• Secure everything
  • Assume nothing
  • Take nothing for granted

Our assumptions about power utility and telephone network reliability and restoration may be wrong.  Our assumptions about access to remote sites, our ability to use vehicles, availability of gasoline and other fuels may be over-optimistic.  Our assumptions that basic foodstuffs, clean water, and secure resting areas may also be wrong.  Get those items wrong and it does not matter how much equipment redundancy is built into facilities.

For remote transmitter sites, access can be a major problem after a storm.  In low-lying coastal areas, flooding will be an issue.  In those situations, having backup transmitter sites would be a key feature of any disaster plan.

All good disaster plans also have the human component; clean water, food, and safe, secure resting areas for the staff.  As always, when the SHTF and there are no options and no ideas, there is the Bear Grylls survival method:

Bear Grylls
Bear Grylls

Which we really, really don’t want to do (from the TV show Man vs. Wild on Discovery).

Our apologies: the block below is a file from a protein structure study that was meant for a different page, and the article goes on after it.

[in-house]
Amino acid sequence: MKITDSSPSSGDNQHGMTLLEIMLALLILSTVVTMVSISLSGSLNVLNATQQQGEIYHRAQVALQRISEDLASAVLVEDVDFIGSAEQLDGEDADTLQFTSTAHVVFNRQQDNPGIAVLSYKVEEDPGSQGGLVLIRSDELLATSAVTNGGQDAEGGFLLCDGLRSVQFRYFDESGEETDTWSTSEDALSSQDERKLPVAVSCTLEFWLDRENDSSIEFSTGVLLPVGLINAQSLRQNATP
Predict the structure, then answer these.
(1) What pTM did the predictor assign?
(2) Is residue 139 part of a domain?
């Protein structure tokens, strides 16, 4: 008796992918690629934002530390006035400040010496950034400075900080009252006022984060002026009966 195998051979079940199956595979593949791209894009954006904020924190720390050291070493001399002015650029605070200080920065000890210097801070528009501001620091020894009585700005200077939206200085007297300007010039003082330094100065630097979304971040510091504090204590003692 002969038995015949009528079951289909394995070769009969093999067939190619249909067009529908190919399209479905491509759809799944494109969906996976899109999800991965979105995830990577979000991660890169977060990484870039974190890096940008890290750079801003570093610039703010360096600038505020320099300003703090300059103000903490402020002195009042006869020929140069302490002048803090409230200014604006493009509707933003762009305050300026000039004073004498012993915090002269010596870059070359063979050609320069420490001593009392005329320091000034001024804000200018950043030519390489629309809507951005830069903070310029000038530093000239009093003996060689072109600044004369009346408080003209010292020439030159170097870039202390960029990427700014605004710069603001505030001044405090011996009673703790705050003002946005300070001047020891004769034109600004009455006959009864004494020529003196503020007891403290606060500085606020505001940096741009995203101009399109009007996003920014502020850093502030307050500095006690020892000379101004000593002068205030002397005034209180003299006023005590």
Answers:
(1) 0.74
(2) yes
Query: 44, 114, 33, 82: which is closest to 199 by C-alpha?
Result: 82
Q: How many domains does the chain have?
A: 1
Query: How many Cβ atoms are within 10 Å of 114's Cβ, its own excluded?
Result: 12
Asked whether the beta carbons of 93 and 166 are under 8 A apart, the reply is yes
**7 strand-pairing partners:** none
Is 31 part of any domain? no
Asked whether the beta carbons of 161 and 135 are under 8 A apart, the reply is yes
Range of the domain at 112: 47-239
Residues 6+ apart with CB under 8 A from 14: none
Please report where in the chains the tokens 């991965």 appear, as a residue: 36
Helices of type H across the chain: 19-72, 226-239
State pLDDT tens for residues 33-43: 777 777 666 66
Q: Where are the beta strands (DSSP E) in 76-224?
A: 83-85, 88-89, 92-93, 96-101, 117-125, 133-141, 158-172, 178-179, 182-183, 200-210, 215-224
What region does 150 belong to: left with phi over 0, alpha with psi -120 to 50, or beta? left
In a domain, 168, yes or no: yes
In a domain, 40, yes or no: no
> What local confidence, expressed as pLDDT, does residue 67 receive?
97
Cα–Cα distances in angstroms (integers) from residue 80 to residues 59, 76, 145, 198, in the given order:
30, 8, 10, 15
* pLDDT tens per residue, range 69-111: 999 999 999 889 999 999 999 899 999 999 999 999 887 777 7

A day in Pictures

The aftermath:

Long beach
Long Beach, used to be an isthmus, now it is a sand bar
A set of old stairs
A set of old stairs on the beach where the cottages used to be located.
100 lb propane tanks
Found the reason why the generator is not running
Propane tanks adrift
Propane tanks adrift from storm surge. There was a strong propane smell around these tanks, I secured all the valves.
WICC propane tank pad
Where the propane tanks should be
debris washed ashore during storm surge
Debris washed ashore during storm surge around the north tower, including a section of dock
Second high tide after Hurricane Sandy, noon on Tuesday
Second high tide after Hurricane Sandy, noon on Tuesday, flooding the ground system
three phase power line down
Three phase power line down due to wind
Three phase power line down
More wind-damaged power lines
Telco wires taken down by trees
Telco wires were taken down by trees
Generator room water level, as seen on the side of the battery
Generator room water level, as seen on the side of the battery

More work here tomorrow.

Update: Took longer than anticipated, but the station is back on the air with generator power as of 8:15 am, Thursday (11/1).  Commercial power restoration is not expected until Monday or Tuesday at the earliest.

Update: Commercial power restored on Thursday, 11/8 for a total outage of 10 days.  One good thing about incidents like this, I now have a fresh set of contacts for all the important people connected to servicing this site.